It was 9:45pm and we were waiting for our vet to arrive. Let’s start by saying how grateful I am to Dr. Virginia Kenneway. It was Sunday and she was coming back from Jerome to help us with Roxy. Not every Vet does that. Her compassion and her love for animals goes beyond what I could ever imagine.
At one time in my life I enjoyed the company of nine beautiful dogs. They all had their own personalities and their own way to bring happiness to my life. From the nine, two moved away to another State and are surrounded by unconditional love. Quito, Jake and Panda died a few years ago. Pooh and Lucky follow them this year. The ones left were Maxito, Roxy and Duke. Maxito is still close to me even though I do not see him every day. He is now an old “man”, suffering from “old man” aches and pains. Then there was Roxy and Duke. Yesterday night we said bye to Roxy, our 10 year old Golden Retriever. Roxy will be the third dog I have lost since June. Not a good year in the dog department. The sadness and emptiness you feel when you cannot do anymore to help them leaves you drained. The world looks different, and like my friend Wayne said once “the sky seems much less blue”.
On Saturday Roxy had a super fun day. I knew she wanted to go for a ride when she kept walking to my car. I took her to my friend Greg’s house so she could enjoy some treats. She ended up enjoying a nice warm dog bath in his super cool walk-in shower and then she enjoyed the sun and some treats on his patio. In the afternoon she had her favorite chips, her favorite meal and a nice walk before dark. She seemed fine and I was happy to see her doing so well despite the tumor that was aggressively growing inside her. Yesterday morning a call at 7 am was a sign that something was not right. Roxy was having difficulty breathing. A little later, the emergency room x-rays confirmed that the tumor had spread into her lungs. She tried so hard the whole day to be what she has always been; an active and hyper dog. She kept wagging her tail and getting excited at the sight of her leash in my hand despite her trouble breathing. We went for a couple short walks and she was happy to do them, even more because her breathing was easier while standing. Later that night we learned than her lung capacity was at a mere 20%. She was suffocating.
We had no choice. We did not want her to suffer any longer. Dr. Kenneway gave her a tranquilizer. In minutes she looked peaceful again. I held her face in my hand and felt her breath. Then it was time for the last injection. As soon as it went in, her breath stopped and the warmth of her body slowly faded away. Despite knowing that she was finally free, my tears kept rolling. I gave her a big hug, told her to go see Pooh and Lucky and thanked her for everything she had given to me. I imagined her in heaven following God and becoming a soul not limited any longer by a dog body and rising above the limits of the world.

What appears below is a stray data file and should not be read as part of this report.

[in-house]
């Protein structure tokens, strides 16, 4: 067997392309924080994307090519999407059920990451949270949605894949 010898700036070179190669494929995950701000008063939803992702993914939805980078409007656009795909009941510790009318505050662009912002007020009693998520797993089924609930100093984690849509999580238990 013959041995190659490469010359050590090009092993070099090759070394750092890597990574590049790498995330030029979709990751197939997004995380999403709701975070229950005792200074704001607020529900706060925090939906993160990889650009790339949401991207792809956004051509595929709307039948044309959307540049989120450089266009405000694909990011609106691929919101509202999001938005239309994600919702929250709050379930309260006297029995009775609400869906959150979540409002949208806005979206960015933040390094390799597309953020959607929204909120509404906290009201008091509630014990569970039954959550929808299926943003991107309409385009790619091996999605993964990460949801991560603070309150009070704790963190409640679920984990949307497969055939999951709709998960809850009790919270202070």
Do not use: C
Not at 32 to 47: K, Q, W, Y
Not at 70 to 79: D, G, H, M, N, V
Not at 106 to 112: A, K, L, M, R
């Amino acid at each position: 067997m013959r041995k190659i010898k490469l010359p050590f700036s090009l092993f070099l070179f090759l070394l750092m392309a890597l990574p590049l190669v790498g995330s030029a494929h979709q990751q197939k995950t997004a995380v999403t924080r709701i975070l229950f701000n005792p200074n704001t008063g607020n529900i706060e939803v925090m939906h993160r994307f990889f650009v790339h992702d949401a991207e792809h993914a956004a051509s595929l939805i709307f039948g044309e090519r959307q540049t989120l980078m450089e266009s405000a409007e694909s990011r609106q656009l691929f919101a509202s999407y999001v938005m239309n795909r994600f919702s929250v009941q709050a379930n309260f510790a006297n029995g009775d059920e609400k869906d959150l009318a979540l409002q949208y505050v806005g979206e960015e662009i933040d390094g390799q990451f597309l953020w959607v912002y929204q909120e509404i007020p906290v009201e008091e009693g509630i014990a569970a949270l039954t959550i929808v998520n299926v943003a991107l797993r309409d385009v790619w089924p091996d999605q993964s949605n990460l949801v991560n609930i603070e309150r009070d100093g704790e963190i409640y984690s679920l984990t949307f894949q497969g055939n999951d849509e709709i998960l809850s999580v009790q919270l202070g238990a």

Max and Duke are the only ones left. Even though my life has been enriched by all these loyal companions, I am quite sure that once I lose them all, I won’t be replacing them. Losing three of them in less than a year, has forced me to analyze myself. I discovered that even though I look strong in the outside, these experiences have awaken a subtle fear in me that has me avoid situations that will hurt me or hurt others. For the first time in my life I could explain why I never wanted to have children. Even though I am a happy person, I am conscious that the world we live in is not a happy place. Pain in many forms will always be there, for some people more than for others. Experiencing the life and death of my dogs has made me realize that nothing really belongs to us and that when we feel some kind of ownership or responsibility toward another soul, we only suffer when their lives turn out different that we expected, despite our efforts. I realized that at some point in my life I must have experienced something similar to the loss I am experiencing today. That impression has affected how I want to live my life. My first dog was a gift to me, and all the others fell into my life only by chance.
Today I feel sad. The house feels empty, her wagging tail will never greet me again. She trusted me as did Lucky and Pooh. They looked to me for comfort and help, and in the end -I shortened their lives. I know some people may say that I stopped their suffering but I will never know if that is what God expected me to do.
Quito, Panda, Jake, Pooh, Lucky and Roxy, you were, are and will always be part of who I am and who will I become.
I love you with all my heart.